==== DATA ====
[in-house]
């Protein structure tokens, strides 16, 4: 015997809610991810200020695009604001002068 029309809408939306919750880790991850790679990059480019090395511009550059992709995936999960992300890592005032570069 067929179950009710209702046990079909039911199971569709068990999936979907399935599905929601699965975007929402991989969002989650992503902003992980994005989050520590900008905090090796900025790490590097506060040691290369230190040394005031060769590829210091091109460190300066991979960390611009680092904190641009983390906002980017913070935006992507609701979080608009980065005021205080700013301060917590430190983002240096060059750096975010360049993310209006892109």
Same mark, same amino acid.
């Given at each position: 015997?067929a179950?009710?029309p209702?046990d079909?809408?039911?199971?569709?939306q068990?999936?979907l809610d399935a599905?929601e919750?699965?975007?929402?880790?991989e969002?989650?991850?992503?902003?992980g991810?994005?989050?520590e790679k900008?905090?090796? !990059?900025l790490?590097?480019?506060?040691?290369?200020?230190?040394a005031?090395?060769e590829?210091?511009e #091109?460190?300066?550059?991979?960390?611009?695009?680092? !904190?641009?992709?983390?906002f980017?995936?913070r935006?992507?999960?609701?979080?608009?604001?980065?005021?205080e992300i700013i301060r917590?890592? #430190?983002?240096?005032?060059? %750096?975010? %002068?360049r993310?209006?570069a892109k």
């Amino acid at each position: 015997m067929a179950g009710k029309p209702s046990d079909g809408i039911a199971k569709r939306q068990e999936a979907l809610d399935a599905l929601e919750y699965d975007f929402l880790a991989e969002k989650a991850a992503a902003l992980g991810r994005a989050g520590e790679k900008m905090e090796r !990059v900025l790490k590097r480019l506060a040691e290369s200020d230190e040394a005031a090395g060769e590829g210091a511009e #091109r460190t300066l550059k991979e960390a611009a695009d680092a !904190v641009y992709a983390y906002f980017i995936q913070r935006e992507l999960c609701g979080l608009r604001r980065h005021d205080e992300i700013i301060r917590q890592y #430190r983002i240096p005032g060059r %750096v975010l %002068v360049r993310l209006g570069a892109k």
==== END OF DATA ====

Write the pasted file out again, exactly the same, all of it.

[in-house]
């Protein structure tokens, strides 16, 4: 015997809610991810200020695009604001002068 029309809408939306919750880790991850790679990059480019090395511009550059992709995936999960992300890592005032570069 067929179950009710209702046990079909039911199971569709068990999936979907399935599905929601699965975007929402991989969002989650992503902003992980994005989050520590900008905090090796900025790490590097506060040691290369230190040394005031060769590829210091091109460190300066991979960390611009680092904190641009983390906002980017913070935006992507609701979080608009980065005021205080700013301060917590430190983002240096060059750096975010360049993310209006892109």
Same mark, same amino acid.
């Given at each position: 015997?067929a179950?009710?029309p209702?046990d079909?809408?039911?199971?569709?939306q068990?999936?979907l809610d399935a599905?929601e919750?699965?975007?929402?880790?991989e969002?989650?991850?992503?902003?992980g991810?994005?989050?520590e790679k900008?905090?090796? !990059?900025l790490?590097?480019?506060?040691?290369?200020?230190?040394a005031?090395?060769e590829?210091?511009e #091109?460190?300066?550059?991979?960390?611009?695009?680092? !904190?641009?992709?983390?906002f980017?995936?913070r935006?992507?999960?609701?979080?608009?604001?980065?005021?205080e992300i700013i301060r917590?890592? #430190?983002?240096?005032?060059? %750096?975010? %002068?360049r993310?209006?570069a892109k």
């Amino acid at each position: 015997m067929a179950g009710k029309p209702s046990d079909g809408i039911a199971k569709r939306q068990e999936a979907l809610d399935a599905l929601e919750y699965d975007f929402l880790a991989e969002k989650a991850a992503a902003l992980g991810r994005a989050g520590e790679k900008m905090e090796r !990059v900025l790490k590097r480019l506060a040691e290369s200020d230190e040394a005031a090395g060769e590829g210091a511009e #091109r460190t300066l550059k991979e960390a611009a695009d680092a !904190v641009y992709a983390y906002f980017i995936q913070r935006e992507l999960c609701g979080l608009r604001r980065h005021d205080e992300i700013i301060r917590q890592y #430190r983002i240096p005032g060059r %750096v975010l %002068v360049r993310l209006g570069a892109k």